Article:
NITISH STRATEGISING TO CROSS AN INVISIBLE BRIDGE
The JD(U) has recognized the right of BJP as the largest constituent of the NDA to have its prime ministerial candidate stressing that it would support him/her only if he possessed “secular credentials”.
But neither JD(U) nor any other political organization has so far ever been able to define what constitutes “secular credentials”. So how to determine who has these and who doesn’t?
By all counts, India is – and has been -- a secular country all through. India’s Constitution too has been secular in word and spirit. Yet, for reasons unexplained – and perhaps to appeal to the constituency of minority votes – the late Prime Minister Mrs. Indira Gandhi, through a Constitutional amendment in 1976 got the words “secular” and “socialist” added to the Preamble to the Constitution.
That Mrs. Gandhi did not, deliberately, venture to define the word “secular” is a clear indication to the functioning of her mind at that time. She wanted to keep it vague to use it as a tool against her opponents.
In fact, secularism in India has less to do with society and more with politics. It is a tool to strike at one’s opponents. Here every political and organisation claims to be ‘secular’ and lashes ouy at its opponent as ‘communal’. An individual and political party remains ‘communal’ as long as they remain antagonistic to the other. The moment they change their stand and support the other, overnight they become secular. In 1996 the United Front of H. D. Deve Gowda tried its best to rope in Akali Dal into its fold. When it failed, like grapes are sour, Akali Dal too became ‘communal’.
Except perhaps for Congress (though some Congress leaders did join BJP), at one time or the other since 1967 when Congress was enemy No. 1 of communist and socialist parties, the latter entered into a marriage of convenience to share the bed of power with Jana Sangh and later avtar Bharatiya Jana Sangh. They had no qualms of conscience when in 1977 they invited the ‘communal’ Jana Sangh with declared RSS links to merge with their parties to form a new political outfit called Janata Party which dethroned the mighty Congress from power at the Centre and many States. Everything worked smoothly till Janata Party remained in power. It was only after losing power that the thorn of Jana Sangh ‘communalism’ started pricking them. The great ‘secularist’ late V. P. Singh had no hesitation to welcome Jana Sangh’s new avtar BJP’s outside support to get PM’s throne. The conscience of communist parties did not prick when they shared common blocks of UF supporters in Parliament. The Muslim outfits like the Indian Union Muslim League, the successors to Jinnah’s Muslim League, whose membership is restricted to Muslims only, are ‘secularists’ and Akali Dal and BJP who have every caste and religion in their fold are branded ‘communal’ when they do not see eye to eye with some self-proclaimed ‘secularists’.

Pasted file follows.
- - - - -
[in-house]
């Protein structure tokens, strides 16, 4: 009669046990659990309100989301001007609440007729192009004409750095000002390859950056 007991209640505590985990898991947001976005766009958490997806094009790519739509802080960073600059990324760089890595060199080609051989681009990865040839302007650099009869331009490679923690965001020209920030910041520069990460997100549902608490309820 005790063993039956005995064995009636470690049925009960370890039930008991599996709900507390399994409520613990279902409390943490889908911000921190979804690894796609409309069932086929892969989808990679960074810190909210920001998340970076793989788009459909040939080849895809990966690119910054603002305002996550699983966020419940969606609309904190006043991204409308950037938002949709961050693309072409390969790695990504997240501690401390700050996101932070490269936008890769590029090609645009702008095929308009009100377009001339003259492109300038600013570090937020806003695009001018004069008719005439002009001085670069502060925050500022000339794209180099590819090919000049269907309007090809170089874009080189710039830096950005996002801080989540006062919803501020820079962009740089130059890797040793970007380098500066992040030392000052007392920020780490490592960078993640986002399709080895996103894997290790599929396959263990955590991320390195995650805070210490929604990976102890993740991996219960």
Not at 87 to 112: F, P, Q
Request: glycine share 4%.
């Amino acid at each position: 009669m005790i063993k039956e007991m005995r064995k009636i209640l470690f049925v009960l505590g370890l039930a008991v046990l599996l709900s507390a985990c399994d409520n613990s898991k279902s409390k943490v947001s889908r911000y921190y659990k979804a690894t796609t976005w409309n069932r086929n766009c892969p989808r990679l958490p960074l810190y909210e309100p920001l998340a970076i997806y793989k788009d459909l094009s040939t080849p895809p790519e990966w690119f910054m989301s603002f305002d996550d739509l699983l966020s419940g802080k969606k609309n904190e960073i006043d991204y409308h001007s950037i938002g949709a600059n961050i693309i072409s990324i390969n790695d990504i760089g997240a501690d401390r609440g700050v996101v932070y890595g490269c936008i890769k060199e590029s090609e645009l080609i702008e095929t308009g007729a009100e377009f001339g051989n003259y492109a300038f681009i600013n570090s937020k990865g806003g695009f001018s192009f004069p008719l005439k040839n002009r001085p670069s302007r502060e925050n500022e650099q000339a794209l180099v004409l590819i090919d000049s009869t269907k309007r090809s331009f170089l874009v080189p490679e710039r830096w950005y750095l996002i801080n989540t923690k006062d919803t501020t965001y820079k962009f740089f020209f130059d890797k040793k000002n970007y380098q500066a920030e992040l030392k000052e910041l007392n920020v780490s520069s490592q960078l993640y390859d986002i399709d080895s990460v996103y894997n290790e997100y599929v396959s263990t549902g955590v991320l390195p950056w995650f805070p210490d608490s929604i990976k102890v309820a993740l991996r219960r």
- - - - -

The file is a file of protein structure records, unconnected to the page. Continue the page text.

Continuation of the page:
‘Secularism’ is an alien concept which emerged in the West broadly meaning that the Church will have nothing to do with administration. Still it has no standard or legal definition. This puts a great flexibility in the hands of our politicians. A great hoax and hypocrisy, in instance, is the support and opposition to the Babri masjid and Ram Mandir in Ayodhya. For all intents and purposes, both are religious issues, though the Mandir has nationalist connotation too. Yet, those who support Masjid are ‘seculars’ and those who champion the cause of the Mandir ‘communalists’. Nobody can explain the logic and ‘secularists’ remain self-righteous.
At times, secularism comes in conflict with the spirit of nationalism and ‘secularists’ are too willing to sacrifice their nationalism at the altar of ‘secularism’. That explains the fact that when Gujarat chief minister Narendra Modi defined secularism as “India first”, it raised our ‘secular-liberal’ intelligentsia’s eyebrows. “India first” means that country comes first; we are Indians first and our religion, caste, region and language come afterwards. But that does not humour the ‘secularists’.
Various scholars have tried to define ‘secular’ in their own way. The most appropriate working definition which could suit the Indian conditions seems to be that of Donald E. Smith, Professor of Political Science in Pennsylvania University who said a secular state is the one “which guarantees individual and corporate freedom of religion, deals with the individual as a citizen irrespective of his religion, is not constitutionally connected to a particular religion, nor does it seek to promote or interfere with religion".
Going by these definitions or by its own concept JD(U) needs to enumerate what it calls “secular credentials” and how does a person, like Mr. Narendra Modi, does not possess it.
If the 2002 riots stands in the way of “secular credentials” of a person like Mr. Modi, how could, in these circumstances, how does the blot of’84 riots does not in the way of Mr. Rajiv Gandhi and his Congress who continue to be the epitome of ‘secularism’? In that case, Nitish’s new found infatuation for Congress motivated by whatever reasons may put his own “secular credentials” in question.
There is something more than meets the eye in the design of JD(U)’s latest hostility towards Mr. Modi. Even for the 2009 Lok Sabha polls BJP had declared its prime ministerial candidate only in December 2008. But JD(U) has been raising the pitch for the last more than six months back for BJP coming out with its hopeful, about more than 18 months earlier. And mark the stark contrast. Nobody in the UPA is raising heckles for naming its prime ministerial candidate here and now. The common refrain with politicians when asked by media on such matters is that “they will cross the bridge when it comes”. But JD)U), for unexplained reasons, seems to be wanting to strategise how to cross the bridge that is, as yet, miles and miles away.